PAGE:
The upsets this week included:
Missouri (#5) losing to South Carolina (#21) by three points in double overtime.
Texas Tech (#10) losing to Oklahoma (#15).
Virginia Tech (#14) losing to unranked Duke by only three points.
Nebraska (#24) losing to unranked Minnesota.

The close calls this week (games that were won by a touchdown or less) included:
Miami (#7) defeated unranked Wake Forest by only three points.
Fresno State (#17) defeated unranked San Diego State by only seven points in overtime.

Top-25 matchups won by the higher-ranked team included:
Oregon (#3) defeating UCLA (#12).
Stanford (#6) defeating Oregon State (#25).

Taking The Bull By The Horns!

October 26, 2013

cautiondemotivatorTo “take a bull by the horns” means to confront a problem head-on and deal with it openly and is based on the idea that holding a bull (male cow) by its horns is a brave and direct action.  Well, as you can see from this demotivator (courtesy of http://www.despair.com), taking an idiomatic expression and applying it literally could end very badly for you.   You should never throw too much caution to the wind.

If I Only Had A Brain . . . !

October 25, 2013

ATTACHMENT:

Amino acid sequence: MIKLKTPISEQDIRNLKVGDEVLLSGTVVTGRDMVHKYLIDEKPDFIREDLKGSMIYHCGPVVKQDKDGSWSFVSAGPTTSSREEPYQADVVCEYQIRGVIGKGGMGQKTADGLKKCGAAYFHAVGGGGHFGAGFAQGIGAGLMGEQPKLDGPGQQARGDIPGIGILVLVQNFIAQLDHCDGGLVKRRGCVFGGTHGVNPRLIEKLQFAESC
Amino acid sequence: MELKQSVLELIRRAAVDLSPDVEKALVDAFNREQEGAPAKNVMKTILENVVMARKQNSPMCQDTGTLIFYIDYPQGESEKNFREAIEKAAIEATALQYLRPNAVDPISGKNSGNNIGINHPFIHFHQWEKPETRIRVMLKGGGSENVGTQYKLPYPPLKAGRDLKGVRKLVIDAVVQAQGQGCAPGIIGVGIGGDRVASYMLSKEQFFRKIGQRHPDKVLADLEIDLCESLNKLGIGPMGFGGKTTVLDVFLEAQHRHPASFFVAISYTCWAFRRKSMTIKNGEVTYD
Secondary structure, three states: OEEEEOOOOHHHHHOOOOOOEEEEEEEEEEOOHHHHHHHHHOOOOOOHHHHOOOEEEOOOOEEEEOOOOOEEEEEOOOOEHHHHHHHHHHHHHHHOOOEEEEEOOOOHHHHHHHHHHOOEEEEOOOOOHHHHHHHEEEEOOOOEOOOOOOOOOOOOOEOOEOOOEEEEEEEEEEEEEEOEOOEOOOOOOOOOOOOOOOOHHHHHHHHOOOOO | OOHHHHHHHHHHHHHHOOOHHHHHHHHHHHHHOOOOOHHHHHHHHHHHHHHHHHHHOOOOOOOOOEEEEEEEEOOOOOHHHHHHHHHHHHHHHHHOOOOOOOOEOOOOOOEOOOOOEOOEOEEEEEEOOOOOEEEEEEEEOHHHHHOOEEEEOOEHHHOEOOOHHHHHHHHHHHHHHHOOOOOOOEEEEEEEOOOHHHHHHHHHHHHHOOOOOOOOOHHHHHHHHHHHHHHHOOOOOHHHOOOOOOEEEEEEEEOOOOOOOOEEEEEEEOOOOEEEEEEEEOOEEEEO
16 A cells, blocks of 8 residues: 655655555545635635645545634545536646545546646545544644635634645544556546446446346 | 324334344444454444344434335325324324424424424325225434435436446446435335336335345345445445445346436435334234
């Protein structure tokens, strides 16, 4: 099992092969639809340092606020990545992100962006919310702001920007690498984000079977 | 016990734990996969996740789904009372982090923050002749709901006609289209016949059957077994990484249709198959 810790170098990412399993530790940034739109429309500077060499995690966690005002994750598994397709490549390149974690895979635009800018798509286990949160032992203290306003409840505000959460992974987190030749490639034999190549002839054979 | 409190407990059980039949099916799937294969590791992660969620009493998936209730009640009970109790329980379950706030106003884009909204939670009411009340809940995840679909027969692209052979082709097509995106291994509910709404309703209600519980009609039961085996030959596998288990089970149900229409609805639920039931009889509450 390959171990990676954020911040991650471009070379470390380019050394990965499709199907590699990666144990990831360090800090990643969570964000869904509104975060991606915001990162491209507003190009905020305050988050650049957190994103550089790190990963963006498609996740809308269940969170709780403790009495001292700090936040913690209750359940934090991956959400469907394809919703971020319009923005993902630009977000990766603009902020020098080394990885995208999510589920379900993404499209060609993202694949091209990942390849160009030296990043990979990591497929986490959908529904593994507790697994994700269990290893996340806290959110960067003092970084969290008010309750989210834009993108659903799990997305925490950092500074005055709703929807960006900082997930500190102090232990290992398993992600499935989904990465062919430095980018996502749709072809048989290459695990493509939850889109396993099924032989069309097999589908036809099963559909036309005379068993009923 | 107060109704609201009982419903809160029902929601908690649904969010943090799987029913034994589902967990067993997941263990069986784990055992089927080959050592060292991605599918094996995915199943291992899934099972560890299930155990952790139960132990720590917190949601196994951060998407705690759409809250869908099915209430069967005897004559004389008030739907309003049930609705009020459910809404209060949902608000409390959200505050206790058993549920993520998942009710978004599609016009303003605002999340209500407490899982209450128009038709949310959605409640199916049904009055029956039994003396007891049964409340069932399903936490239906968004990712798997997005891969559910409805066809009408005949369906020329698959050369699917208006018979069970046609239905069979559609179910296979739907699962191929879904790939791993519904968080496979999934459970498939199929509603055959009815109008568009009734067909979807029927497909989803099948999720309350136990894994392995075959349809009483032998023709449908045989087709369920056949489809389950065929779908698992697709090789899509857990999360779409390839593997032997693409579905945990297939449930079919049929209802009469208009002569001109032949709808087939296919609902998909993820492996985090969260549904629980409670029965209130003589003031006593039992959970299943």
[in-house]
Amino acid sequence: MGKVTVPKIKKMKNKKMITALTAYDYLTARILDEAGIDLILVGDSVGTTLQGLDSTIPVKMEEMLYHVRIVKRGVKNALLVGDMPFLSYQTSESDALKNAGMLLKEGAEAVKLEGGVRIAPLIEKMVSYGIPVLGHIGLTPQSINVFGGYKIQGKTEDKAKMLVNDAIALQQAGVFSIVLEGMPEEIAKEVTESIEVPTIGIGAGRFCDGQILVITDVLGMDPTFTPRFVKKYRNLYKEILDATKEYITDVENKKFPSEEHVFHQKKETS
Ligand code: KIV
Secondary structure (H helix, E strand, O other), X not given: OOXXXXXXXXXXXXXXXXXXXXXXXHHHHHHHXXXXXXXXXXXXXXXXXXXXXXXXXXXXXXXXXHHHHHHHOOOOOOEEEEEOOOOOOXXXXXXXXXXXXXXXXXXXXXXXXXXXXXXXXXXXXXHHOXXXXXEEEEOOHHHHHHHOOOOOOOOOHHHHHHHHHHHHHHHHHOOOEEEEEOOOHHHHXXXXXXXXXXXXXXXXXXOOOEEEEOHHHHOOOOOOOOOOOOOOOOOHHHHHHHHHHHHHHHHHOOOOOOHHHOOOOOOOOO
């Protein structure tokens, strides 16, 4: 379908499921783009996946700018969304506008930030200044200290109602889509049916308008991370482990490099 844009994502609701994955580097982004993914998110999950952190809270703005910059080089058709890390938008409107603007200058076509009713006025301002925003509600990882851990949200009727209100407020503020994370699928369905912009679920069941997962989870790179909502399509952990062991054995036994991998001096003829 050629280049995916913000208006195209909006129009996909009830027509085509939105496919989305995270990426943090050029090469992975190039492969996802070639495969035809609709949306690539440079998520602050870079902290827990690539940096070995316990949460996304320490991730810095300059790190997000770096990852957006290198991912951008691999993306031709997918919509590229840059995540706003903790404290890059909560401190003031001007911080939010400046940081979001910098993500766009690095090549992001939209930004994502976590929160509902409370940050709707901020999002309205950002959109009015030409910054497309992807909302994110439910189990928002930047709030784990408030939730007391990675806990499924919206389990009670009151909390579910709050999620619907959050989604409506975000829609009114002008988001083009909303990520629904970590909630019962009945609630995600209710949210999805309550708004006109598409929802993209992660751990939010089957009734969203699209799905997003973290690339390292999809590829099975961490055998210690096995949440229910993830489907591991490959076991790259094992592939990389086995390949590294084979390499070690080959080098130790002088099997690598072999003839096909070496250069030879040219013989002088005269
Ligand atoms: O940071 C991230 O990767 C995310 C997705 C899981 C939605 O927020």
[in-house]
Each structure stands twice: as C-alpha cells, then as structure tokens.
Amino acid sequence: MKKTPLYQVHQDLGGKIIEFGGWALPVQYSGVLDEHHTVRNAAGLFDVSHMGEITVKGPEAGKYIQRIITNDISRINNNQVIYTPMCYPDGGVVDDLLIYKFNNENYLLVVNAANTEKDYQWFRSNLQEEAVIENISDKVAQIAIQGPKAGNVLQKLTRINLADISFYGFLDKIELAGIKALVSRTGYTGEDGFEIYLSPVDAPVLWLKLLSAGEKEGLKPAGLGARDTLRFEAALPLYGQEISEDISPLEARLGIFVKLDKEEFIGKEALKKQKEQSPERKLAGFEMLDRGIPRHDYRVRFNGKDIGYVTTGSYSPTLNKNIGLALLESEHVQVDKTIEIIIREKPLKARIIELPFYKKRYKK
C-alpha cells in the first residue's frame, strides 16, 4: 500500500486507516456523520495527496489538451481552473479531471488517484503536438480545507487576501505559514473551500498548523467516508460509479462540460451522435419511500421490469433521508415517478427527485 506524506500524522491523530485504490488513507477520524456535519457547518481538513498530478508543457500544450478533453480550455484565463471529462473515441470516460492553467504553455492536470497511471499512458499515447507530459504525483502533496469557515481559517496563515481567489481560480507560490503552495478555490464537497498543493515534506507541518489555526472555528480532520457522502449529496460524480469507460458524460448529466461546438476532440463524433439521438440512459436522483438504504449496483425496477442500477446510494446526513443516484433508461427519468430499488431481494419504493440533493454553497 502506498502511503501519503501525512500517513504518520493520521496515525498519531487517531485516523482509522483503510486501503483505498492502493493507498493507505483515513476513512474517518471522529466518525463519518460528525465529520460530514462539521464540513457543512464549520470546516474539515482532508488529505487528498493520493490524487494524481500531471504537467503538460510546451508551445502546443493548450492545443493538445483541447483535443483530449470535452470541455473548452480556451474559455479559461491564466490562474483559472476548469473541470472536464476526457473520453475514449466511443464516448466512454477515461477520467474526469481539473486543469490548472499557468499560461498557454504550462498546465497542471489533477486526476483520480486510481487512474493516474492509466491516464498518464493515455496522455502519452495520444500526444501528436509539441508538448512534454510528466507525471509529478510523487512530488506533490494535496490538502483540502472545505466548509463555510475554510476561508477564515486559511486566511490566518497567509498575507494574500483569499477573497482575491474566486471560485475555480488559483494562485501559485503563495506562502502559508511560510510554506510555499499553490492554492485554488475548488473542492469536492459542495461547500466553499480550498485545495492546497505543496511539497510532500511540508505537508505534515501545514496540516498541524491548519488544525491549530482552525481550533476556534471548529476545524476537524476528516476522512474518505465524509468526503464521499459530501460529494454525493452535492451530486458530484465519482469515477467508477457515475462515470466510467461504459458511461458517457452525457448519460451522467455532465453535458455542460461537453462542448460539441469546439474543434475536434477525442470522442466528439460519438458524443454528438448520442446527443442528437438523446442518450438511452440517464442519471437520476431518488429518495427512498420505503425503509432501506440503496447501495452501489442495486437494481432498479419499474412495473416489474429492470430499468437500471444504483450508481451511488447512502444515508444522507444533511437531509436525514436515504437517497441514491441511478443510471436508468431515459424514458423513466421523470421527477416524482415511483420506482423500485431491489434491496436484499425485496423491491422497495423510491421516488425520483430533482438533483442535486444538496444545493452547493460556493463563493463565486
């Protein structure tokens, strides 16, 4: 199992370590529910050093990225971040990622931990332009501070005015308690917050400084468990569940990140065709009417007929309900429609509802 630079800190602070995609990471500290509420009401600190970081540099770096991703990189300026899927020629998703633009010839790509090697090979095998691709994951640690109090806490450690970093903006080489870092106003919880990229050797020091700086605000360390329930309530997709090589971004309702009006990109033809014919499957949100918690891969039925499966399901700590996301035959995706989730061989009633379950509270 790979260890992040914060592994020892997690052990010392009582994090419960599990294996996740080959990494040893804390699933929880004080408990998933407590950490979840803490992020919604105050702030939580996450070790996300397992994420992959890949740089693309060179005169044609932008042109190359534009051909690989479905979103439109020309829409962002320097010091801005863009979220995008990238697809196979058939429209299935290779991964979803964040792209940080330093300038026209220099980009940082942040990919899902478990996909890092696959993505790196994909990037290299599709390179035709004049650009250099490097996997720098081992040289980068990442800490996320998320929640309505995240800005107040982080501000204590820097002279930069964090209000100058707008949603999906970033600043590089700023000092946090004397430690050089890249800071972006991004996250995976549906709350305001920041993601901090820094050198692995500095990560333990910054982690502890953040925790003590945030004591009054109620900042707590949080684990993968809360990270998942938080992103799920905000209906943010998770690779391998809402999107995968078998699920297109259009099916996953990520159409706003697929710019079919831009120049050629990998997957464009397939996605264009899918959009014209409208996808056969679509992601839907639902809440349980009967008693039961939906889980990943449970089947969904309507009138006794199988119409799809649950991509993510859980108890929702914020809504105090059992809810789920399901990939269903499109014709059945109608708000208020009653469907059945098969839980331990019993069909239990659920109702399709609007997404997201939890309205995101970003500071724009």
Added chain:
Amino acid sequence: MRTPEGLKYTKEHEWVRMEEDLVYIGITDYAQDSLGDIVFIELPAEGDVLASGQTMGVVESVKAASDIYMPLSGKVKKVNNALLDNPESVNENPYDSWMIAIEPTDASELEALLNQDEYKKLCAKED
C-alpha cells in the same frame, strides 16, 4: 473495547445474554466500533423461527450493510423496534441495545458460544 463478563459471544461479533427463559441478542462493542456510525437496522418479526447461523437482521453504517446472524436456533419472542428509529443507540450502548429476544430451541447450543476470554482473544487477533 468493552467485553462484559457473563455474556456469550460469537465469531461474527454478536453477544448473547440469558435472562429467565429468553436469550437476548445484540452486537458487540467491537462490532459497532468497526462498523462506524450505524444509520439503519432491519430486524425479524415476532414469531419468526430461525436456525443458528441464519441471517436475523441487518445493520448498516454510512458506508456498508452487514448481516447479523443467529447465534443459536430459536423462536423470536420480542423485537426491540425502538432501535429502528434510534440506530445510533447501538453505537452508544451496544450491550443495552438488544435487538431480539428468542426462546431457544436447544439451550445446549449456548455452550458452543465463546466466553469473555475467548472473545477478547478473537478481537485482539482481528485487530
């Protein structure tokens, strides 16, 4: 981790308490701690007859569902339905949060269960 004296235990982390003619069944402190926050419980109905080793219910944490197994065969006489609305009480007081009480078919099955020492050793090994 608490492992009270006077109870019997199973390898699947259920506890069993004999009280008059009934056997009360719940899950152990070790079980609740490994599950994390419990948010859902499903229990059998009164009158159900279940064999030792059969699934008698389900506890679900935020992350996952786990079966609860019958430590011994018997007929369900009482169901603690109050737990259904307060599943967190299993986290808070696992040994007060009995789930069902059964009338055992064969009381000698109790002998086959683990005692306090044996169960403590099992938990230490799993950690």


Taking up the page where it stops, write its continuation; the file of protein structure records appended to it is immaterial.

This interactive infographic of the brain (courtesy of Open Colleges) is pretty neat.  And, it got me thinking about . . . the Scarecrow from The Wizard of Oz . . . enjoy!

(Scarecrow)
I could wile away the hours
Conferrin’ with the flowers
Consultin’ with the rain
And my head I’d be scratchin’
While my thoughts were busy hatchin’
If I only had a brain

I’d unravel any riddle
For any individ’le
In trouble or in pain

(Dorothy)
With the thoughts you’d be thinkin’
You could be another Lincoln
If you only had a brain

(Scarecrow)
Oh, I would tell you why
The ocean’s near the shore
I could think of things I never thunk before
And then I’d sit and think some more

I would not be just a nuffin’
My head all full of stuffin’
My heart all full of pain
I would dance and be merry
Life would be a ding-a-derry
If I only had a brain

Open Colleges Presents Your Brain Map: 84 Strategies for Accelerated Learning

An interactive infographic by Open Colleges

What’s Done Is Done!

October 24, 2013

Living in the present is sometimes easier said than done.  But, it is the key to happiness (in  my humble opinion).  There are scores of articles, blogs, and other information available, but here are some of the things that make sense for me:

  1. Breathe (deeply)
  2. Smile (just because)
  3. Simplify your life (be a minimalist)
  4. Do one thing at a time (no multi-tasking)
  5. Forgive the past (no grudges)
  6. Dream big (but work hard today)
  7. Love your job (it won’t be “work”)
  8. Stop worrying
  9. Spread the love (pay it forward)
  10. Conquer addictions

Here are a couple of quotations that sum this up nicely.  Enjoy the now!